Picture: Sophie Iosue will be joining IHP in May from the Harvard Global Health Institute

By IHP, Mar 27 2017 01:10PM

International Health Partners’ (IHP) Corporate Partnership Team, were delighted to present their inaugural Sharing Best Practice Workshop on 16th March.

“We were especially pleased that executives from some of our corporate partnerships across Europe were able to attend and bring their questions and experience to the workshop,” said Andy Cain, IHP’s Corporate Partnerships Manager.

The workshop provided a detailed view of IHP’s operations, which included partnerships, logistics, product, language consideration, taxation, NGO programmes and EURMED which is IHP’s bespoke end-to-end trace and trace cloud-based software platform.

Cain continued, “We also benefited from an in-depth first-hand report from Dr Tsitsi Chituku, who had recently taken an Emergency Health Pack (EHP) to Zimbabwe, and a first-hand experiential session on the barriers and solutions to product donations by Mark Repath of Janssen. The workshop was unanimously recommended to peers in the industry, we look forward to sharing details on our second Sharing Best Practice Workshop, to be held in October 2017, which will also include more networking time and hopefully a CSR element.”

Laura French, Supply Chain Analyst at Actavis said, “The workshop and all the presenters were inspiring, I think it will be difficult to improve upon.” Laura French, Supply Chain Analyst, Actavis

“I found it very informative, both about the challenges faced by IHP and as importantly, the challenges likely to be faced by my clients when attempting to do a good thing.” said Mark James, Vice President of Movianto Europe.

Following the exceptionally positive feedback from our first Sharing Best Practice Workshop, we are seeking corporate sponsorship for the 2nd Workshop in October 2017, please contact Andy Cain if you would like to discuss this further (a.cain@ihpuk.org 07770 756 158).

By IHP, Mar 25 2017 06:15PM

Sophia Jones is IHP's Communications Manager. Here she writes about why every woman's life is important.

Mothers’ Day is upon us. It’s the perfect time to spoil our mums with breakfast in bed, cards, gifts and goodies. To say thank you and make up for perhaps not being as grateful as we should or could have been the rest of the year. As a mum myself I’m grateful that I have three healthy children. But I almost missed out on these precious gifts twice. My first birth 21 years ago was touch and go. I had pre-eclampsia and both my daughter and I almost died. Thankfully, I had an emergency caesarean section and she was delivered safe and sound and my out-of-control blood pressure was stabilised. During labour with my second child 19 years ago, the umbilical cord was wrapped so tightly around her neck that another emergency caesarean was performed and she was fine.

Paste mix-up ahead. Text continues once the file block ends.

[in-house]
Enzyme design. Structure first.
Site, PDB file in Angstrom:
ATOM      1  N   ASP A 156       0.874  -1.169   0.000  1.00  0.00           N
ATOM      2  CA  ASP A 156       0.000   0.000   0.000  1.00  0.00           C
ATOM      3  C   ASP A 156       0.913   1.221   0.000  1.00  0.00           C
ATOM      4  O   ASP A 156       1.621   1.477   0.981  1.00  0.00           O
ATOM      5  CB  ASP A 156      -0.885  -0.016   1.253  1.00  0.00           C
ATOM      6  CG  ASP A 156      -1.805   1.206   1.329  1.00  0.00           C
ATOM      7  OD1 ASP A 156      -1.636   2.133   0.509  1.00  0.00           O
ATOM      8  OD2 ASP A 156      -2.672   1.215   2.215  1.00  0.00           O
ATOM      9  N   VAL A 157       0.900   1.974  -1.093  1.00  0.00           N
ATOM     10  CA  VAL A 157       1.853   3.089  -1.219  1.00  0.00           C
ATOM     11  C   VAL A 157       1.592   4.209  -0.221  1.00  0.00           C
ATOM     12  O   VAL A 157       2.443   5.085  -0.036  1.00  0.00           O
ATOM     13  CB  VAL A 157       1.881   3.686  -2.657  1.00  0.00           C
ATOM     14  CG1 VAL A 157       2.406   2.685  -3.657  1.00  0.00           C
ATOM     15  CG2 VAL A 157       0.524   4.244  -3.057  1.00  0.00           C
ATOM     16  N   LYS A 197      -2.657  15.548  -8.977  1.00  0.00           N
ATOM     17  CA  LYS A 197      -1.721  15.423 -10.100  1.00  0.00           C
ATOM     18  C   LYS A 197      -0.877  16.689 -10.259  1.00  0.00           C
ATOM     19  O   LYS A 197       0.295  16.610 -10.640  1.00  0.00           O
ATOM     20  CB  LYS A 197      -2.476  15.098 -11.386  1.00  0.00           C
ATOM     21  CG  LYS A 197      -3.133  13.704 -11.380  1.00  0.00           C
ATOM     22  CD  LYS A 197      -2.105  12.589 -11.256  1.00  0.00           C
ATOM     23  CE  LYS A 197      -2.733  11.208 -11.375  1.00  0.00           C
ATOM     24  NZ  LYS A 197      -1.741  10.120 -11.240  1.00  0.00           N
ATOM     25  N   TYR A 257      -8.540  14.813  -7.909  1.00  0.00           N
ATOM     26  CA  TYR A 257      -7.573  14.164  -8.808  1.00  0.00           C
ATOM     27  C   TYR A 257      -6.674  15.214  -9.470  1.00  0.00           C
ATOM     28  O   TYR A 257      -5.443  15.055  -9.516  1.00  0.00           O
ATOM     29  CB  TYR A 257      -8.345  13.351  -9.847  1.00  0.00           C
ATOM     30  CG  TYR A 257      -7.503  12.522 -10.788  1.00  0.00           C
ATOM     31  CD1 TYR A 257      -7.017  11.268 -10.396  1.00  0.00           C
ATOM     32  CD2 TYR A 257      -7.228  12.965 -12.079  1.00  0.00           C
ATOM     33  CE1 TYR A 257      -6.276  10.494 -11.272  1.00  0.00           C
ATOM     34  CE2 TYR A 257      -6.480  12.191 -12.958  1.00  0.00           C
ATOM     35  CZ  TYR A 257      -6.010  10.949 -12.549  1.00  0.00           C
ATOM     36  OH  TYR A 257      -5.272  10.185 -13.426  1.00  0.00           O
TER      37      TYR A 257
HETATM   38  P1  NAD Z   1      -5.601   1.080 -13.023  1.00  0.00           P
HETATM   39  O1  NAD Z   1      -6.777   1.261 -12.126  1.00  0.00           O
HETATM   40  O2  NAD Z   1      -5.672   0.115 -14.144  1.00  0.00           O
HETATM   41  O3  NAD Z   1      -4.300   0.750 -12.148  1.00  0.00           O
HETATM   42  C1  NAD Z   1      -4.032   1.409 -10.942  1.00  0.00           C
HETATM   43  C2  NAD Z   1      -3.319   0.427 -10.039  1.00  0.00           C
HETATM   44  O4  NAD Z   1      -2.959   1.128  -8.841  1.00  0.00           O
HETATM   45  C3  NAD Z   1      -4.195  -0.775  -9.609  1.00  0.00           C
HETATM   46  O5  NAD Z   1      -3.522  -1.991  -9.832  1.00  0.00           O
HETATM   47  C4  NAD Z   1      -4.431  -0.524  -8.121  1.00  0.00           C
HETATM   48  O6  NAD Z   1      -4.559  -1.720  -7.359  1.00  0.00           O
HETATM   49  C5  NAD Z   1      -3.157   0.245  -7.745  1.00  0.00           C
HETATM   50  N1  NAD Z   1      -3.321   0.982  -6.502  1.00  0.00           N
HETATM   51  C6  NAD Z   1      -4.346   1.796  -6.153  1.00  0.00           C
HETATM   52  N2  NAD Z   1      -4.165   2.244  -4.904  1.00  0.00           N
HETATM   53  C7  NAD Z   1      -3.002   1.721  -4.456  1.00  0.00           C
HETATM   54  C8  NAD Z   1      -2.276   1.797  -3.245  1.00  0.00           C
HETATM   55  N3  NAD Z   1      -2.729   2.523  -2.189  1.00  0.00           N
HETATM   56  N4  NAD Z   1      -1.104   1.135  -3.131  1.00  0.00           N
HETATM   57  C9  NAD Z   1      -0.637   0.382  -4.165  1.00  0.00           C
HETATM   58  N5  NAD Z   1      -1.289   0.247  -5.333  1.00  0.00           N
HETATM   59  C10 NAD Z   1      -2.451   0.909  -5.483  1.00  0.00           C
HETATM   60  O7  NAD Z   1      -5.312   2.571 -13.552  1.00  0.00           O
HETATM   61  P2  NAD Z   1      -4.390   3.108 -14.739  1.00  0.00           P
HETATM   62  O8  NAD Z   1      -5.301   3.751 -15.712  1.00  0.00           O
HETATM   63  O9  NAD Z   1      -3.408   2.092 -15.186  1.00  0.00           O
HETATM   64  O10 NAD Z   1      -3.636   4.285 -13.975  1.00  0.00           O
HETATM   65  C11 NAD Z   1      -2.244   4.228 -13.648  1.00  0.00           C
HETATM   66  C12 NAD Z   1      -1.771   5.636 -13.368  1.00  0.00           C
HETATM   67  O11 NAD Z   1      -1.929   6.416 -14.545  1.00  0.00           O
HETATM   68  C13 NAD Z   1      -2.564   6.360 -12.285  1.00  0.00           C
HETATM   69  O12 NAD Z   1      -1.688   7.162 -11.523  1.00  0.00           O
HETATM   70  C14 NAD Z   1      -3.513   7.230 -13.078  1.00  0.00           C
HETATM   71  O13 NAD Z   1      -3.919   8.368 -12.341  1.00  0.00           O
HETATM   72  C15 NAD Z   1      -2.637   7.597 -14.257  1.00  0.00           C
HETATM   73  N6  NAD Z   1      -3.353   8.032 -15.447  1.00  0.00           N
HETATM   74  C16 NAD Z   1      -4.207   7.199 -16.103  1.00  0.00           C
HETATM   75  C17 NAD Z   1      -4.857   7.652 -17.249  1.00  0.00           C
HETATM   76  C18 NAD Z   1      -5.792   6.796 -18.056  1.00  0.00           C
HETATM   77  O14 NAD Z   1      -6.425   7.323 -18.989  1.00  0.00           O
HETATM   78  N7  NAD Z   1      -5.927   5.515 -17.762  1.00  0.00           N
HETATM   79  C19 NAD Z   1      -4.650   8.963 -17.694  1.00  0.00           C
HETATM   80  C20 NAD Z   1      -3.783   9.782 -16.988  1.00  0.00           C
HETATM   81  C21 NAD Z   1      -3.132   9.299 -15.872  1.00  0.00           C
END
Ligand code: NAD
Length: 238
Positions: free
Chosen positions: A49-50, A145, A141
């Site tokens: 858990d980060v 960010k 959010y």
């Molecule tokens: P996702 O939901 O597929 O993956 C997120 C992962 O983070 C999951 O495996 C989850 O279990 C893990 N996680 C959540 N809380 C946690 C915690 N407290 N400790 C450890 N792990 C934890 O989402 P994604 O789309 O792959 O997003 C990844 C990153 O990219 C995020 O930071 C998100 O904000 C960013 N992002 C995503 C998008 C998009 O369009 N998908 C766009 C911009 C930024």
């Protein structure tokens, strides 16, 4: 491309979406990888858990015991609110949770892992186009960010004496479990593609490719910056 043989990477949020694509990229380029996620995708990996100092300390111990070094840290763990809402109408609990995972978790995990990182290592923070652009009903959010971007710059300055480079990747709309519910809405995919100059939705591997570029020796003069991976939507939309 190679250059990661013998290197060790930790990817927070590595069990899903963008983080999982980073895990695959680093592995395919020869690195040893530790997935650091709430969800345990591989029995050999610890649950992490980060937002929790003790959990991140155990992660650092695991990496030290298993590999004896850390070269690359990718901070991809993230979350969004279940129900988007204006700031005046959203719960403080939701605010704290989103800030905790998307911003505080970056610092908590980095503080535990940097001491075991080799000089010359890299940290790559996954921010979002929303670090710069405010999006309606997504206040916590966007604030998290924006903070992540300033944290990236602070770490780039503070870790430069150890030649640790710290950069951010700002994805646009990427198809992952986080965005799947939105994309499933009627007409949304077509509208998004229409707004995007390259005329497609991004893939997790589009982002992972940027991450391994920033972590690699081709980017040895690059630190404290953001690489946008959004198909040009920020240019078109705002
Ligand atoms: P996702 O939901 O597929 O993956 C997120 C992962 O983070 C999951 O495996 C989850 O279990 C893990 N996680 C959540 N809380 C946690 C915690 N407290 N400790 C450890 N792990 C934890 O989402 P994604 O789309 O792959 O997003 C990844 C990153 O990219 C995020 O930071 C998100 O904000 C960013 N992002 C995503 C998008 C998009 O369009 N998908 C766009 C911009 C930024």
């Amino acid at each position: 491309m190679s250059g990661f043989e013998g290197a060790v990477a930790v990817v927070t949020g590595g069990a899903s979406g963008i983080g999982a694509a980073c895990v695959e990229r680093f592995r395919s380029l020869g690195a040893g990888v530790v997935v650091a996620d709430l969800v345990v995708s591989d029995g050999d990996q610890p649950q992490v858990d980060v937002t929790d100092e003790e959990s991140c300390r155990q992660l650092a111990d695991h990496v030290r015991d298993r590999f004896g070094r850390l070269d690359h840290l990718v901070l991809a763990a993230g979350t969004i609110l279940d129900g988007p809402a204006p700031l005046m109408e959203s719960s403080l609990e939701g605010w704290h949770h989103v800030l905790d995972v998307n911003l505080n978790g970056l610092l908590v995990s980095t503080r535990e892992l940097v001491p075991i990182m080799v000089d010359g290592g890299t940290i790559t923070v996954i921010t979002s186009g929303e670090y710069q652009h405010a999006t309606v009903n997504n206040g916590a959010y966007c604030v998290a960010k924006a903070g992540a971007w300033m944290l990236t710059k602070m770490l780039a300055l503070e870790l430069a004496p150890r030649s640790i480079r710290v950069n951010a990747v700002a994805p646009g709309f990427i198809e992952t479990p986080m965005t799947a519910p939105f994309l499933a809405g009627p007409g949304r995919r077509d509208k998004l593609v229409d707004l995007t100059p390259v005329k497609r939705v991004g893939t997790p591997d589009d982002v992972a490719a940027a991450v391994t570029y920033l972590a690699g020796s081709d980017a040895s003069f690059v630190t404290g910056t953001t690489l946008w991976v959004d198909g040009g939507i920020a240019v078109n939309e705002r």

Childbirth in the West has its risks but the risks are nothing compared to if I had given birth to my children in parts of Africa or Asia. Prior to coming to IHP, I lived and worked in East Africa. I travelled throughout this vast region and met and interviewed countless mothers, many of whom had lost a child either in childbirth, conflict, drought or famine. I’ve also interviewed husbands who lost their wives in childbirth and children whose mothers have died giving birth to either them or their younger sibling. I remember talking to a new grandmother in a refugee camp in Chad who couldn’t hide her excitement that her daughter had given birth to a healthy baby girl in a hospital run by the charity I worked for. She told me that the entire family was waiting outside to celebrate the safe delivery of her first granddaughter. She was grateful that both her daughter and granddaughter were healthy. She, and others like her, knew full-well that child birth in her part of the world comes with many risks.